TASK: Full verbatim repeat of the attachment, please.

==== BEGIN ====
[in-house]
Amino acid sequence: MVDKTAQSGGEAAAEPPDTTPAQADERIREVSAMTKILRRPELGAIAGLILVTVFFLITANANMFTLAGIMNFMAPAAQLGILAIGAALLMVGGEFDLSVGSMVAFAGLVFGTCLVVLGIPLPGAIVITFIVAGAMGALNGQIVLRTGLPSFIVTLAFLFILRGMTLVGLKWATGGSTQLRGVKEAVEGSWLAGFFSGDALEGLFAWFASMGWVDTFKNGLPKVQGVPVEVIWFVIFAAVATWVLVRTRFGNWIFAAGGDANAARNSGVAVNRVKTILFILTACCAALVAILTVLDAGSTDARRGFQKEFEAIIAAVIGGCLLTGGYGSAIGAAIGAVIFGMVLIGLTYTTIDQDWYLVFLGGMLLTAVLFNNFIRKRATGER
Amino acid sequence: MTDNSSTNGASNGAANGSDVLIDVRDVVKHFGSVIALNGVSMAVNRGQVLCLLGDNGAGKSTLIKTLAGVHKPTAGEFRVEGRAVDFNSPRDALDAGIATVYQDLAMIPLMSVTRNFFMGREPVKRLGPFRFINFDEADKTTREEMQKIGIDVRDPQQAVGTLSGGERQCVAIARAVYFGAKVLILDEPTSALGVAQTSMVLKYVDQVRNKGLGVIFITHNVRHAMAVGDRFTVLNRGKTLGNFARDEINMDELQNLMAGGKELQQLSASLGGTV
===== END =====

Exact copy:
[in-house]
Amino acid sequence: MVDKTAQSGGEAAAEPPDTTPAQADERIREVSAMTKILRRPELGAIAGLILVTVFFLITANANMFTLAGIMNFMAPAAQLGILAIGAALLMVGGEFDLSVGSMVAFAGLVFGTCLVVLGIPLPGAIVITFIVAGAMGALNGQIVLRTGLPSFIVTLAFLFILRGMTLVGLKWATGGSTQLRGVKEAVEGSWLAGFFSGDALEGLFAWFASMGWVDTFKNGLPKVQGVPVEVIWFVIFAAVATWVLVRTRFGNWIFAAGGDANAARNSGVAVNRVKTILFILTACCAALVAILTVLDAGSTDARRGFQKEFEAIIAAVIGGCLLTGGYGSAIGAAIGAVIFGMVLIGLTYTTIDQDWYLVFLGGMLLTAVLFNNFIRKRATGER
Amino acid sequence: MTDNSSTNGASNGAANGSDVLIDVRDVVKHFGSVIALNGVSMAVNRGQVLCLLGDNGAGKSTLIKTLAGVHKPTAGEFRVEGRAVDFNSPRDALDAGIATVYQDLAMIPLMSVTRNFFMGREPVKRLGPFRFINFDEADKTTREEMQKIGIDVRDPQQAVGTLSGGERQCVAIARAVYFGAKVLILDEPTSALGVAQTSMVLKYVDQVRNKGLGVIFITHNVRHAMAVGDRFTVLNRGKTLGNFARDEINMDELQNLMAGGKELQQLSASLGGTV